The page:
|Abstract:||The aim of this thesis is to develop novel approaches for inferring relations and hidden similarities among the actors of complex systems that consist of various types of devices and users, as well as approaches for assigning content to them. In order to accomplish this, the developed methods take into account the interdependency and the various relationships of the multiple types of actors found in these systems. These approaches rely on tools and techniques from the fields of complex networks and social network analysis. Such systems are commonly observed in current interconnected environments, such as Smart Cities, and are expected to become even more prevalent in the future. These systems combine the operation of large infrastructure with the actions and requirements of people that have access to it. For the unobstructed operation of such topologies, network operators need to be able to monitor the generated data, detect possible redundancies, discover similar regions. Moreover, people using such environments need to have fast access to data and learn about relevant applications that keep their perceived quality of experience high. These entities (people, devices, data measurements) being the actors of such complex systems, are related in multiple ways, forming multi-layer complex networks, and highlighting the need to employ proper tools for their analysis. Aiming to provide a framework for achieving the aforementioned goals, this thesis focuses on the problems of community detection and resource allocation in interconnected and interdependent environments. The identification of important problems observed in these areas and the development of suitable solutions can aid in identifying groups of similar devices operating within the interconnected environment, groups of similar users, and also distinguish the most influential ones in terms of information diffusion. In particular, in order to deal with the problems of detecting clusters of generated data from the infrastructure and also communities of people in Online Social Networks (OSNs) existing in interdependent and complex systems, a novel community detection algorithm is developed. A new framework is presented for mapping the problem of data clustering to a community detection one. The proposed algorithm manages to discover meaningful clusters of data, outperforming some traditional data clustering approaches in terms of accuracy and also detect communities in OSNs resulting in high modularity scores. Inspired by the well-known Girvan-Newman (GN) algorithm, it manages to perform many operations faster, leveraging on network embedding in hyperbolic space and by introducing a new approximative network metric for estimating the edge betweenness centrality. Combined with the removal of more edges per iteration instead of a single one as in the case of GN and coupled with a graph database, it marks a more scalable approach than GN for large networks that are oftentimes observed in realistic complex systems. Τhe evaluation process on both synthetic and real data, showcases the benefits of adopting the proposed approach. The people that use the facilities of such interdependent systems, interact with each other by using OSNs. Focusing on these social relations and studying their interactions can reveal the manners in which information flows throughout the network. The monitoring of the information diffusion across the network arises as one of the most crucial aspects for estimating the possible outcome of seeding sets of users with units of information (recommendations). Considering that each user displays a relevance score towards each available item for recommendation, the problem of assigning recommendations to users is formed as a relevance maximization one. Contrary to other works, in this approach, the tolerance of a user to different levels of recommendations is considered as a major factor for the development of the recommender system for the first time. Complex constraints on the amount of duplicate and distinct recommendations are imposed per user. The maximization problem is proven to be computationally difficult, as it consists of an NP-hard problem with added constraints. In order to overcome this computational obstacle, the problem is divided into two sub-problems treated with greedy algorithms, and their combination produces high relevance scores, while respecting all the imposed constraints. Aspiring to provide users with fast access to data that increases the users' quality of experience, various schemes for caching at the network edge by utilizing limited memory space in the User Equipment (UE), are examined . Knowledge obtained from recommender systems about each user's preferences can be applied in order to predict future requests. In order to decide the optimal content to cache in each UE, the problem of content placement is formulated as a cache hit maximization one. Algorithms that employ either the full set or only a portion of the set of users as caches, while caching contents either proactively or reactively, are examined and compared in terms of the overall cache hit ratio obtained. The increased obtained cache-hit ratio proves the benefits of utilizing caching at the UEs instead of just caching at special devices. Also, from these comparisons, the need to take into consideration the probabilities of request for more than one's self in order to design more accurate caching schemes is highlighted. Finally, leveraging users' mobility and by taking into account the impact that recommendations have on users' requests and the ability of dedicated devices and selected users' UEs to cache and offload content, a caching and recommendation scheme is developed. Modeling the perceived user's Quality of Experience (QoE) as a function of the delay experienced by the user for retrieving a requested item and the relevance of the recommended items to her preferences, the problem is formulated as QoE maximization one. Knowing that this problem is NP-hard, a heuristic method is developed and compared to an approximative algorithm showcasing its benefits in terms of balancing the achieved QoE score for each user and the execution time needed, marking it as a computationally feasible approach able to yield results of high QoE. In the following, the proposed methods are presented, alongside with a discussion on the main contributions of this thesis. Then, each Chapter focuses on one of the aforementioned problems, presenting related work on the field and introducing the developed solutions together with some indicative evaluation that justifies the benefits of their adoption.|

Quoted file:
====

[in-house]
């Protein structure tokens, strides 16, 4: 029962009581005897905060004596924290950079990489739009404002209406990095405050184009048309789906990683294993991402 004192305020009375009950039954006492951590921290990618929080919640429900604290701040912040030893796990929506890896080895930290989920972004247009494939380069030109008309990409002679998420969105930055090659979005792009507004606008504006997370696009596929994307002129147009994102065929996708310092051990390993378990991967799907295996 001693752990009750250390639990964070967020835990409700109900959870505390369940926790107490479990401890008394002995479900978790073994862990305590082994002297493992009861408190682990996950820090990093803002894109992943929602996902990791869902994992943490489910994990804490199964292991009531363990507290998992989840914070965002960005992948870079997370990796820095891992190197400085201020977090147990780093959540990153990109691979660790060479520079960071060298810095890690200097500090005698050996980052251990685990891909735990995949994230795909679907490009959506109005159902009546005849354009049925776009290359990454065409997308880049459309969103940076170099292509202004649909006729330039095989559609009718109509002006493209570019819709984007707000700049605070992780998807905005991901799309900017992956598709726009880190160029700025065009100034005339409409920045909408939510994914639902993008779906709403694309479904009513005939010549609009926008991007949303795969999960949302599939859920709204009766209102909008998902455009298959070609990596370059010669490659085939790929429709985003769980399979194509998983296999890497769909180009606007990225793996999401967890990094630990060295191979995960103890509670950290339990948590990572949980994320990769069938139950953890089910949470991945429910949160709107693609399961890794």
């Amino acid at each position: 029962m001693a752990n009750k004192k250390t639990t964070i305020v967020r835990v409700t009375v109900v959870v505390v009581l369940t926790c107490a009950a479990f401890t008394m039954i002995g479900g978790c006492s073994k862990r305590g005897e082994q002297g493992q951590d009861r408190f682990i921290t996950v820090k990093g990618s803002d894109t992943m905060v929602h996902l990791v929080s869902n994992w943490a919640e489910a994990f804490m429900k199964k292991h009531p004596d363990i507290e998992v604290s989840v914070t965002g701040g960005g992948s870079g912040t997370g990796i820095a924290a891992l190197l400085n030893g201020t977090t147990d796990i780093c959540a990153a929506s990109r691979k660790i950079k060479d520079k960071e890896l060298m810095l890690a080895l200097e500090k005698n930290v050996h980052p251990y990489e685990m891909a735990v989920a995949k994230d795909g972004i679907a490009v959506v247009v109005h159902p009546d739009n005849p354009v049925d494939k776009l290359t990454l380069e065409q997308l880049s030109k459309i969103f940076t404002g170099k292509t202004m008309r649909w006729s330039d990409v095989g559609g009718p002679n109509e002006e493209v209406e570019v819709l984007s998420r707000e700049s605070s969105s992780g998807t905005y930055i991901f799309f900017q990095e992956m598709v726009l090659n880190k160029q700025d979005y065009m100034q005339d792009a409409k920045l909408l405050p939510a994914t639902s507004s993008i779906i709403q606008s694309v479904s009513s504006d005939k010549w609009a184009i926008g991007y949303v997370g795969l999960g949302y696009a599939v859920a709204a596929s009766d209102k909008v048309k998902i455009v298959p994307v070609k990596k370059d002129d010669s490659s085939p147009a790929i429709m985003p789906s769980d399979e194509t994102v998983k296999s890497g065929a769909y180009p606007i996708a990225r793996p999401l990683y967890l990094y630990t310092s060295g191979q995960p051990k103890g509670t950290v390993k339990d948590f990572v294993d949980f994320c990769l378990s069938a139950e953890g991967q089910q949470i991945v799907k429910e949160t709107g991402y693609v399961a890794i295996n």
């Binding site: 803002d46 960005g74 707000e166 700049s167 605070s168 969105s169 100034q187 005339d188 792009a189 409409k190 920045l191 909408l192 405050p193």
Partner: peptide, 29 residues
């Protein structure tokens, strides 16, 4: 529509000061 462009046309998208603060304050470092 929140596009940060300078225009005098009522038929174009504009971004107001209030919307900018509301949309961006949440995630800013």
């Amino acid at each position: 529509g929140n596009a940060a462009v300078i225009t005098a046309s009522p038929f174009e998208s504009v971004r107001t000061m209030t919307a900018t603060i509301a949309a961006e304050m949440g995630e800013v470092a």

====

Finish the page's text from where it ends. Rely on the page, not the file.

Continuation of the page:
|Appears in Collections:||Διδακτορικές Διατριβές - Ph.D. Theses|